Don’t change the ending. Why interactive television is so wrong

If interactive movies been available in the 1940s would audiences have insisted that Bogart and Berg

If interactive movies been available in the 1940s would audiences have insisted that Bogart and Bergman ended up together in Casablanca? If so, would it have destroyed the film's power? Picture: CONTRIBUTED - Credit: Archant

Call me old fashioned but there are certain things which you just should not do and one of them is give the audience to determine the ending of any book, play, film or TV drama.

Daenerys Targaryen played by Emilia Clarke. Interactive television would only destroy the compellin

Daenerys Targaryen played by Emilia Clarke. Interactive television would only destroy the compelling nature of Game of Thrones storytelling. Picture: CONTRIBUTED - Credit: PA

I’m sorry if your favourite character dies just as she is about to end world hunger or maybe he is mauled to death by a passing tiger just as he has been reunited with his long lost love but life is cruel and so is a well-constructed story. Get over it.

The reason for this hard-line in matters of dramatic narrative is the news that online film and television providers Netflix are planning to introduce interactive storylines for specially-constructed shows later this year.

Never has there been a worse idea. The idea is based on those multiple-choice children’s novels that were all the rage about 20 years ago where you could influence the development of a story by opting for option 1,2,3 at various key stages of the story and you choosing your preferred ending in a similar manner.

The power to move and to entertain lies in the skilled hands of the storyteller – be it a film director, a screenwriter or novelist. They must be free to tell the story as they see fit and not held hostage to the fact that Jude Law has been cast as the hero and the audience want to see him get off with Scarlett Johansson – which, let’s be honest, is exactly how this crass idea will really work in the outside world.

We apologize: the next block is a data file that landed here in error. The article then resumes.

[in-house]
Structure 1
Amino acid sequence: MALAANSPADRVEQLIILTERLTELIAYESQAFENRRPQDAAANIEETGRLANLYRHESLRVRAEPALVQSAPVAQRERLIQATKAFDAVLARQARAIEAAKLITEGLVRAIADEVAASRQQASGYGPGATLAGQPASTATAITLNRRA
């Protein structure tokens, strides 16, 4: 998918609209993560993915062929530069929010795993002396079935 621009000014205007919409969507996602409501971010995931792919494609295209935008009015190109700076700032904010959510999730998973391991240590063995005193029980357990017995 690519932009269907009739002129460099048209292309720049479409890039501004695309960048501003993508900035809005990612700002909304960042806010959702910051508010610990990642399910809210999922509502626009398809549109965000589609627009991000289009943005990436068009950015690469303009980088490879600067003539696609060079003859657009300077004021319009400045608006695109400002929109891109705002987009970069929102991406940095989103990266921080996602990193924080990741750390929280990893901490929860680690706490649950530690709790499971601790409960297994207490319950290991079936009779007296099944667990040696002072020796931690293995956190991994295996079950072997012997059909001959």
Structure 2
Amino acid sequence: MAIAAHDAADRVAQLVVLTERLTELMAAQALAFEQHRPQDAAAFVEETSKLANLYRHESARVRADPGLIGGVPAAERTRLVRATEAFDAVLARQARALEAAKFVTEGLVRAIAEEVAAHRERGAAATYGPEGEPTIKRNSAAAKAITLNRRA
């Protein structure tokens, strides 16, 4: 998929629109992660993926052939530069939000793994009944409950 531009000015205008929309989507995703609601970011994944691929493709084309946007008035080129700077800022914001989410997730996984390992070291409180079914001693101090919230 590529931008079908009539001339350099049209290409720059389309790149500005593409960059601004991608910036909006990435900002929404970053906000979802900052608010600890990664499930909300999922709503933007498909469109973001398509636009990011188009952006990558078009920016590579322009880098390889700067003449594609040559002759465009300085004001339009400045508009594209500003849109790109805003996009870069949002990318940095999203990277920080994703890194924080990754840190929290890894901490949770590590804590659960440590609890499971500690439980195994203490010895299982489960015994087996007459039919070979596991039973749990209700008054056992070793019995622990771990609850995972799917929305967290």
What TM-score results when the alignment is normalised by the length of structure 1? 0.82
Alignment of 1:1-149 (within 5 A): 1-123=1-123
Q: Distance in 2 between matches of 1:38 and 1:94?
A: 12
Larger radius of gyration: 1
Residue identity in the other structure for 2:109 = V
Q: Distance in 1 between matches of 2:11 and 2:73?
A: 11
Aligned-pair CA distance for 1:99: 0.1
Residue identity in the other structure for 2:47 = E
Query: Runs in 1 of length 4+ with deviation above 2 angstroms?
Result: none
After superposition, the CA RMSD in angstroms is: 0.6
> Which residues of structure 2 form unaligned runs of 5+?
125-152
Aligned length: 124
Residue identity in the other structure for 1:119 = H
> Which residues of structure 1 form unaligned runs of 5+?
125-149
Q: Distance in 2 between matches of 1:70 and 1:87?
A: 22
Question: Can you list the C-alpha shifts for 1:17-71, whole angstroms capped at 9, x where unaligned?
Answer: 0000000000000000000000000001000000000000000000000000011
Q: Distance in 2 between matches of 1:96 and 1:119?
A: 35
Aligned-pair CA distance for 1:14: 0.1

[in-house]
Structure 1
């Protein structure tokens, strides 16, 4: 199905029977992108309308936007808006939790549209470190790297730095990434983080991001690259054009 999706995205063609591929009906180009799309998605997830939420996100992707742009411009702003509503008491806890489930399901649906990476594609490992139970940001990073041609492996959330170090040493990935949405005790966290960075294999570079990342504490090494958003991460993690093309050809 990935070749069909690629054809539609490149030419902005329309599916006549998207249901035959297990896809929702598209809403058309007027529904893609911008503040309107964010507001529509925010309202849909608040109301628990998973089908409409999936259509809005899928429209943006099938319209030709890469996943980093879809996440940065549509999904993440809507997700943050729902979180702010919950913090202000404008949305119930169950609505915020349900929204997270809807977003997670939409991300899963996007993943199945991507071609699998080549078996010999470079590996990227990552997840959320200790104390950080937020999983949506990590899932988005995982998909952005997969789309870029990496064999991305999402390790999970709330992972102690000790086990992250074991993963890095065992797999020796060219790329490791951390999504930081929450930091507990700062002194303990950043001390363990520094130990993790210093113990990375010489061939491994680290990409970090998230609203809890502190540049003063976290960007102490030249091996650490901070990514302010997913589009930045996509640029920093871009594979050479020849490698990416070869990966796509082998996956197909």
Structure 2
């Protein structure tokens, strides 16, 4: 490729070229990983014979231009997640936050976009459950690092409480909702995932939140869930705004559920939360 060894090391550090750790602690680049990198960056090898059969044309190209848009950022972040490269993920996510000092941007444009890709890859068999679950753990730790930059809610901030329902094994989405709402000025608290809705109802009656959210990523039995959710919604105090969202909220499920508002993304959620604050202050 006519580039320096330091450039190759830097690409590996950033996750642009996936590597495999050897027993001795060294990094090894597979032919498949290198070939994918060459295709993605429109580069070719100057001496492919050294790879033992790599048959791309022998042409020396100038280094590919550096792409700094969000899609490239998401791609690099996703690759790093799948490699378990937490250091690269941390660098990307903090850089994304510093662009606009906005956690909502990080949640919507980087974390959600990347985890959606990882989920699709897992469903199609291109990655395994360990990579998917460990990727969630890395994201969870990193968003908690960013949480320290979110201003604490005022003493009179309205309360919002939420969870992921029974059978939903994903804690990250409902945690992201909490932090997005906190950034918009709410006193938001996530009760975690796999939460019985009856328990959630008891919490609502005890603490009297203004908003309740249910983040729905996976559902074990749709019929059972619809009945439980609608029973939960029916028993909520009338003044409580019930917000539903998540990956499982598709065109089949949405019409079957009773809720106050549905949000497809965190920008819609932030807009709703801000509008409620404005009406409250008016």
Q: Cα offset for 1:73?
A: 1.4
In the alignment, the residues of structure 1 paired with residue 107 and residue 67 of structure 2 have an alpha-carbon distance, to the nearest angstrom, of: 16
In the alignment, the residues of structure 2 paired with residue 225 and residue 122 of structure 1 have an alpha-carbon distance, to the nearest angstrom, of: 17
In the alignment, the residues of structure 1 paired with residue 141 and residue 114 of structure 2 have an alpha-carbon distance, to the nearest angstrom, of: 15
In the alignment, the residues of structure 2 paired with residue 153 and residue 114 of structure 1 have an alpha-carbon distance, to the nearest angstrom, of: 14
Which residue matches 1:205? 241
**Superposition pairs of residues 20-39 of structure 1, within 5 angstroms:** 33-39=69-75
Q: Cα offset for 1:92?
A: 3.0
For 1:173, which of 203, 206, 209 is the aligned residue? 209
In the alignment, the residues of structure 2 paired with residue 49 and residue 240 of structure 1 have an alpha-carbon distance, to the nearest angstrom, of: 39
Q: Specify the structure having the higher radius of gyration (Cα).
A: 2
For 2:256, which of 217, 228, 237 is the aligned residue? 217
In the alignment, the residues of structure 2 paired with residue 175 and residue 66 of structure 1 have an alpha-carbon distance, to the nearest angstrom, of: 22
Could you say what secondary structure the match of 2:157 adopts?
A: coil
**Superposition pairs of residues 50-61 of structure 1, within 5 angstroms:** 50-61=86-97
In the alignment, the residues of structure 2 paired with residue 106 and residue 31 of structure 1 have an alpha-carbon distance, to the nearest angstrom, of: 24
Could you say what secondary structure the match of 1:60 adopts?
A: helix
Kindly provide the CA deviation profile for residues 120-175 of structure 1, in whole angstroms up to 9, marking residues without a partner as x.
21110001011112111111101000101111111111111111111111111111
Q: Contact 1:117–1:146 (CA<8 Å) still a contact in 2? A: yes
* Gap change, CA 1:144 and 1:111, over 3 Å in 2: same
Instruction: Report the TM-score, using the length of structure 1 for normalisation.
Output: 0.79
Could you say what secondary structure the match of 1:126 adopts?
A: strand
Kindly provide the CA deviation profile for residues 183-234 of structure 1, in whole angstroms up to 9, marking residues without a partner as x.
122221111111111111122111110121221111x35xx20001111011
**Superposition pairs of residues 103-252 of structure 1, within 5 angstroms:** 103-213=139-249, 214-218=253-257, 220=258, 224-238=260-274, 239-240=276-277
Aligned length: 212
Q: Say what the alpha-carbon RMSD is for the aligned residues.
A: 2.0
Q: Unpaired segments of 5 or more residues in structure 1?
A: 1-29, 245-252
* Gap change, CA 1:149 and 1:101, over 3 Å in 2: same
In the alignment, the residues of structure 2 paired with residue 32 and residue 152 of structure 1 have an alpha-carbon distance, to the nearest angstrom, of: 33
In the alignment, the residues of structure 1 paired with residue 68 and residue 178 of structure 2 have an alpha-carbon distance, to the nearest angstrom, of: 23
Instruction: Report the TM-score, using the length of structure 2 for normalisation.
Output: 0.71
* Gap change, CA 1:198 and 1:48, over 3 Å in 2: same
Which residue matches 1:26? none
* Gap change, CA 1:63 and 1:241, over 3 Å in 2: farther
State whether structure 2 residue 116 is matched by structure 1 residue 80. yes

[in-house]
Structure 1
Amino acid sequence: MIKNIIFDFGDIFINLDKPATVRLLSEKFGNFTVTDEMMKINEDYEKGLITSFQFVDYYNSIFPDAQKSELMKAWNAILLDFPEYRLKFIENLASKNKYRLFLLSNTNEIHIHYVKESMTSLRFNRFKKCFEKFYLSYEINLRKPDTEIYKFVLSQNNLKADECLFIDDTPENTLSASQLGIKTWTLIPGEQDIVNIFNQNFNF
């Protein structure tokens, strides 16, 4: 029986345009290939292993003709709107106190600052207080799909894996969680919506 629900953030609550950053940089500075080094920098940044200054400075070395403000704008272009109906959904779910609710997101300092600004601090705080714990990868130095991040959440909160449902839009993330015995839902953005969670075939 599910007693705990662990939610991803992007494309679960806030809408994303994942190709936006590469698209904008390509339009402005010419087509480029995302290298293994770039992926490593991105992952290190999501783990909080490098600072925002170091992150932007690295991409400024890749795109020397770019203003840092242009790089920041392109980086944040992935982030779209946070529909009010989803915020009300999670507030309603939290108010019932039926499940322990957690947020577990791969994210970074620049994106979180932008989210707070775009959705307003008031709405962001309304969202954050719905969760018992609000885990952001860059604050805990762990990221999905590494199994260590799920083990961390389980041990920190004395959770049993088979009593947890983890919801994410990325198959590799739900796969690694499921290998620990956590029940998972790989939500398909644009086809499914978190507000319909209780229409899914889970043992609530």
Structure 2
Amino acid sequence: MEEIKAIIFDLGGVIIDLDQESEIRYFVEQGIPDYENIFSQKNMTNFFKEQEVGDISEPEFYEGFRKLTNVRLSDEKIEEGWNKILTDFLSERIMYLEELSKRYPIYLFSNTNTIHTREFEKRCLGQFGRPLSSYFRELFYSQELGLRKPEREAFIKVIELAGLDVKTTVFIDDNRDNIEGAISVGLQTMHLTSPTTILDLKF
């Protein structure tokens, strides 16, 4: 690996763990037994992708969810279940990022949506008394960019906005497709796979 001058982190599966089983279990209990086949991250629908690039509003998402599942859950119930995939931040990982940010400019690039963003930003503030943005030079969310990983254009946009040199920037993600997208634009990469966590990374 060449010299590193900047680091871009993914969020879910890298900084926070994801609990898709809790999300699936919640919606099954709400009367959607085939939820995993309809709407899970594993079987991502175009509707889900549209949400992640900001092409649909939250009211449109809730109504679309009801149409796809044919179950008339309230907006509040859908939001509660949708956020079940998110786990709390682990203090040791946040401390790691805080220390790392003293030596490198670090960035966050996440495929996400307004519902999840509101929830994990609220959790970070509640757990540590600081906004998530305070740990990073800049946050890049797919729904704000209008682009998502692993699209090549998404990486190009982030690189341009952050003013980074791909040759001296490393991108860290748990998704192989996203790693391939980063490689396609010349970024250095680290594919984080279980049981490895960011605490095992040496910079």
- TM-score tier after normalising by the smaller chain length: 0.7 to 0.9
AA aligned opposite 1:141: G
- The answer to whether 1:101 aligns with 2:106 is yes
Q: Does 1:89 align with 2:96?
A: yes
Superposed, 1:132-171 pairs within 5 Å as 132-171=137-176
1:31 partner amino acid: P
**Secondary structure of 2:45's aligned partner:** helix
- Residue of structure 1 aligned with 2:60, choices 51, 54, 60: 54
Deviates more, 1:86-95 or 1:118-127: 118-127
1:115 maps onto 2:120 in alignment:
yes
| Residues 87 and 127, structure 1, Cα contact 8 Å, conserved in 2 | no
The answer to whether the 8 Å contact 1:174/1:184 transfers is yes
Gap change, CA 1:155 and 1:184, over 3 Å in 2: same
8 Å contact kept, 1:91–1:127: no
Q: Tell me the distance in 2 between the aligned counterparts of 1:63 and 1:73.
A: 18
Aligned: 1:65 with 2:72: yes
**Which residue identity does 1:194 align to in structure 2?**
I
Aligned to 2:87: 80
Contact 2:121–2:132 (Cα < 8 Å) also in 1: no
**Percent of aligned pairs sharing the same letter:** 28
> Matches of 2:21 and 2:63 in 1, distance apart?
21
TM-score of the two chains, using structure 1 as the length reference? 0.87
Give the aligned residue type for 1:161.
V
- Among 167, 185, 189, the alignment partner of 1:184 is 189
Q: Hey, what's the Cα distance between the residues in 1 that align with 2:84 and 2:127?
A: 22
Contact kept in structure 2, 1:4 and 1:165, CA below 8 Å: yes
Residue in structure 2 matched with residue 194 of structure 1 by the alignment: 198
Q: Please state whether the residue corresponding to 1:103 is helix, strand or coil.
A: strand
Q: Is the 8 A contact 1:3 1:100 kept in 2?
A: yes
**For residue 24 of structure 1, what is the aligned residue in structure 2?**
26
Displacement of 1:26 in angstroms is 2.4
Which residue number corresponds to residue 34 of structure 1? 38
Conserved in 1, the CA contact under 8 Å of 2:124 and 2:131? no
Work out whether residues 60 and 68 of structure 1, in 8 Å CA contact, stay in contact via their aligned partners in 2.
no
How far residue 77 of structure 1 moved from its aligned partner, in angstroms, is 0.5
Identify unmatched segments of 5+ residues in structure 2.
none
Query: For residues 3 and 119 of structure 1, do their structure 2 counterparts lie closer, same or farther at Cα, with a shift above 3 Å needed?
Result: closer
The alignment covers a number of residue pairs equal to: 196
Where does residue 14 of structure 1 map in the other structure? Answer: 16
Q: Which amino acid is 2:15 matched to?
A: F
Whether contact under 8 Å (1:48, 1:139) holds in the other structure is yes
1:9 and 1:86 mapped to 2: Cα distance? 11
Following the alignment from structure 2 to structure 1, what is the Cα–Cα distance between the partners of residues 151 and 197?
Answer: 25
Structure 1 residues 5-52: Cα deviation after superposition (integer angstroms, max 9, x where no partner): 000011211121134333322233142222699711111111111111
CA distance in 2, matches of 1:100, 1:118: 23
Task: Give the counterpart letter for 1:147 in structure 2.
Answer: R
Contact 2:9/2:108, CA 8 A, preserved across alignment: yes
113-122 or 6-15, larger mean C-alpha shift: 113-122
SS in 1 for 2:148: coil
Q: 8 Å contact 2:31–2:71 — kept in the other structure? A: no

With mainstream cinema increasingly catering for the teens and twenties superhero market, television has rediscovered it’s ability to tell sophisticated stories.

High-end television, as it has been called, has exploded in recent years with high profile series like The Sopranos, Game of Thrones, Breaking Bad, The Affair, Big Little Lies, Black Sails, Penny Dreadful, The Wire and Outlander to name but a few.

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These well crafted, complex shows have a lot of care and love devoted to them both in terms of well-written scripts and impressive production values and as such attract big name stars who you would normally expect to see on the big screen rather than on a television series.

Big budget television has re-written the rule books and just as TV is finally devoting its energies on producing some meaty storylines we don’t want it to start devaluing itself with cheesey gimmicks.

Interactive storylines won’t serve to draw an audience into the emotional heart of a plot because the very nature of it. It turns audiences into objective spectators looking for novelty and/or trite feelgood endings.

The nature of storytelling means that you want to be placed in the hands of someone who can capture our imaginations – someone who can weave magic with our minds. If we are an active participant then we are not surrendering ourselves to the drama.

Had we had interactive drama during the golden days of Hollywood then undoubtedly Ingrid Bergman would have gone off with Humphrey Bogart at the end of Casablanca. At the end of the film everyone is screaming for Bergman to team up with Bogey but no matter how much we want it, it is the wrong ending.

She has to remain with her husband and Bogart has to wander off with Claude Rains and utter that immortal line “Louis, I think this is the beginning of a beautiful friendship.”

Bogart’s Rick Blaine is a loner and any long term relationship is doomed for disaster. He’s better off sparing with Rains’ Louis Renault.

Would Gone With The Wind be a better movie if Rhett Butler stayed with Scarlet O’Hara? It certainly wouldn’t be as powerful or as memorable. Like Casablanca, Gone With The Wind’s bittersweet dénouement is the right ending.

If you want to be engaged and lost in a story – be it film or TV – you have to trust the storyteller. One of the reasons that Game of Thrones is so successful is that they are not afraid to surprise its audience and kill off much beloved characters at the drop of a hat. This has not alienated its audience but rather kept them on the edge of their seats and coming back for more.

If Game of Thrones plots were dictated by the audience then Sean Bean would still be alive and we’d have no story. Netflix has to ditch the gimmicks and trust the storyteller.

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